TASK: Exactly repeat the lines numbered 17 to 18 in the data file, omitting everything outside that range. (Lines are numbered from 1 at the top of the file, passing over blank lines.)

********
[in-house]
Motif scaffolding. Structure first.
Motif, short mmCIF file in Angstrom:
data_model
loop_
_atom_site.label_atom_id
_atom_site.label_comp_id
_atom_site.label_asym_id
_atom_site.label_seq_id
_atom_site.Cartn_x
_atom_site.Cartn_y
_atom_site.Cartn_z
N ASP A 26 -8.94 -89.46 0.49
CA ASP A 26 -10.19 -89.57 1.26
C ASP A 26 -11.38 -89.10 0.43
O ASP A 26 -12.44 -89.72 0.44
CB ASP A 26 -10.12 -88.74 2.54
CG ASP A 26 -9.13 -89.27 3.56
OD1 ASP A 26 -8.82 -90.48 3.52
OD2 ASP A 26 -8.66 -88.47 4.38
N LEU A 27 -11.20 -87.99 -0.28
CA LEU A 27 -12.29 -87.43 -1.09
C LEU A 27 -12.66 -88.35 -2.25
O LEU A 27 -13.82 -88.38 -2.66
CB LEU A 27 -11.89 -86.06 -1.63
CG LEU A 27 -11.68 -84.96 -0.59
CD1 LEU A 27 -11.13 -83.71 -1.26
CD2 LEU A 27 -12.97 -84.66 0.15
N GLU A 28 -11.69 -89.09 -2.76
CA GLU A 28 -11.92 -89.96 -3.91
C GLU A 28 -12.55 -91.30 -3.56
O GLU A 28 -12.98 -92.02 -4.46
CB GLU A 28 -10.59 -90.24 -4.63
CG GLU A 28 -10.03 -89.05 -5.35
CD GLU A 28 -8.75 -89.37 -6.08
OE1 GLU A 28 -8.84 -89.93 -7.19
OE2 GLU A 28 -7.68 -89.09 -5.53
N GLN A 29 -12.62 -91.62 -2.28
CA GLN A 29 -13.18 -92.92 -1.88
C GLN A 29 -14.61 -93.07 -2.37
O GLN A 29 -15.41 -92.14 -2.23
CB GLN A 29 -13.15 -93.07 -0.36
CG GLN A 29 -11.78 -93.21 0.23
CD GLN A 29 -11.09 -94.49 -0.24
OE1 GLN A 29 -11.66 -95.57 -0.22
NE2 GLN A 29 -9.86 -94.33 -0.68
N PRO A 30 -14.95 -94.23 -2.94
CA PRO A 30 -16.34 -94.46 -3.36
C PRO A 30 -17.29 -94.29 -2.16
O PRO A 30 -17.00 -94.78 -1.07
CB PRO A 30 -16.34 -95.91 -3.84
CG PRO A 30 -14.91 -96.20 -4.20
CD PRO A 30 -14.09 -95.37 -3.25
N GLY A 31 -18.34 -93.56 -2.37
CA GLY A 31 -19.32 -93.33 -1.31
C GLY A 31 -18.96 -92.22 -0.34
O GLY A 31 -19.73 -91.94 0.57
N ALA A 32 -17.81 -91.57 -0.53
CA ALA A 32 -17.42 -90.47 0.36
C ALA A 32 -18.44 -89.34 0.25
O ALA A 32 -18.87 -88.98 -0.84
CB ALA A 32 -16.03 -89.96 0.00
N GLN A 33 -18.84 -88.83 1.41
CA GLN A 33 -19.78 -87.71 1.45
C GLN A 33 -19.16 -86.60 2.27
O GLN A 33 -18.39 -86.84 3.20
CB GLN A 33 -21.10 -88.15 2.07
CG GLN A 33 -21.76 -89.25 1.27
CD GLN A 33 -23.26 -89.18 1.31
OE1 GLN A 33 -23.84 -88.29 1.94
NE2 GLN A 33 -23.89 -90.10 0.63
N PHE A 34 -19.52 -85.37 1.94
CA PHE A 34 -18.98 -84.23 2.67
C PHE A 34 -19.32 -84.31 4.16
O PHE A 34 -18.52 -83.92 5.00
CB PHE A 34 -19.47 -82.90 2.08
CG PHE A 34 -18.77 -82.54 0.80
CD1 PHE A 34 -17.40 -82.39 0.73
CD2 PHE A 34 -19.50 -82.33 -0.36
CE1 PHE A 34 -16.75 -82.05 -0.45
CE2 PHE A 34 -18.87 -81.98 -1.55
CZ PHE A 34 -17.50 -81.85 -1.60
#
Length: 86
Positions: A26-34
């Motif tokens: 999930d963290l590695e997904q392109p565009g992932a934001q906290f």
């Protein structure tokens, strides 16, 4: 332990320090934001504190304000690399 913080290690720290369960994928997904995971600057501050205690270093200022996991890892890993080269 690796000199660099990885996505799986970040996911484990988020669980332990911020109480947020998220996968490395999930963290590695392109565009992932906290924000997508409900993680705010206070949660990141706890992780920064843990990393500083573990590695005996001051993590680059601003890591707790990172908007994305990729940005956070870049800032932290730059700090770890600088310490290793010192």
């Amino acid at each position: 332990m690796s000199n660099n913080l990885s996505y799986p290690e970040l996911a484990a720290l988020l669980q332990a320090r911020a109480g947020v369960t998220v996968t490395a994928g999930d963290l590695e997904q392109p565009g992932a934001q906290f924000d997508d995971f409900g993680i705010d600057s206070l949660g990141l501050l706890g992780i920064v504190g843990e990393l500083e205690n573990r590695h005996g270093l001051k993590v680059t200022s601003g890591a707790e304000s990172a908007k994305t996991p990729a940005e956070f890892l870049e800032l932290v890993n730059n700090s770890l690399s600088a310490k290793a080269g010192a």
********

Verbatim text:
CB ASP A 26 -10.12 -88.74 2.54
CG ASP A 26 -9.13 -89.27 3.56